One of the arguments made by vehicle manufacturers seeking to control both distribution and service can generally be described as follows:
There is yet another problem with the factory-owned model of distribution and service. Since the factory controls both the parts supply as well as the technical training for the mechanics, there is little impetus for the factory to provide such to independent third party agencies. In effect, the factory service locations and its own mechanics (whether based at a service center or delivered through mobile repair trucks) forces all customers to utilize its labor and needed parts at prices it solely determines. The customer is effectively trapped within the network solely controlled by the vehicle manufacturer.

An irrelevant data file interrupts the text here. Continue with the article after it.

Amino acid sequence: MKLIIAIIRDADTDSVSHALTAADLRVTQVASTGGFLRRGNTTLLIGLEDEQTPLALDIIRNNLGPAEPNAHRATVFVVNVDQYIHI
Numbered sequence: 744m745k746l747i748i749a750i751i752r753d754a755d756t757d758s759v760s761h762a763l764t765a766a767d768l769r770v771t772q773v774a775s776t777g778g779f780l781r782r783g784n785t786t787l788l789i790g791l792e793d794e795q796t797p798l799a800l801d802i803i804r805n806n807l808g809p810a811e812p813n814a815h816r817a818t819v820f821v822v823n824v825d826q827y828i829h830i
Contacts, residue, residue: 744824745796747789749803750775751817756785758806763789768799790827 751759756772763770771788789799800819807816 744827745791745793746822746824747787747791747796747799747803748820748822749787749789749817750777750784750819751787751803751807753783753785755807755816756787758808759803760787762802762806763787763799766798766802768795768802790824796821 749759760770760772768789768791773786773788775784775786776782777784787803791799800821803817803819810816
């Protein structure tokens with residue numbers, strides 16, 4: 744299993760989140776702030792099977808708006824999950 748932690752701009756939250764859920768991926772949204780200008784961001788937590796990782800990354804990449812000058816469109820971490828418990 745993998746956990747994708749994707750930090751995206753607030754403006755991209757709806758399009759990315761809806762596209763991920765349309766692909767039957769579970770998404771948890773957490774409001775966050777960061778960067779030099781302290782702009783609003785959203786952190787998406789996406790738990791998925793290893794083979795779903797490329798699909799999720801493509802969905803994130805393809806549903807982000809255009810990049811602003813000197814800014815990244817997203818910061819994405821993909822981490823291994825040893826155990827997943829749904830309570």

This is in contrast to the franchised dealer system where a customer can access parts and labor among competing independently owned service centers – at prices that are determined by the market. Further, franchised dealers also sell factory original parts to vehicle owners, independent mechanics, and even to other dealers. Some franchised dealers have large wholesale parts inventories and supply factory parts to various professional buyers, thus supplementing the manufacturer’s own parts distribution system. In contrast, the factory-owned store system, as a sole source, has no incentive to do so in order to maximize its own revenues and eliminate potential competitors from servicing its vehicles. Again, not only are customers deprived of the right to shop for the best service price (and experience) but other third parties – such as independent mechanics or other dealers – are deprived of the right to service and support vehicles sold and serviced only by the factory.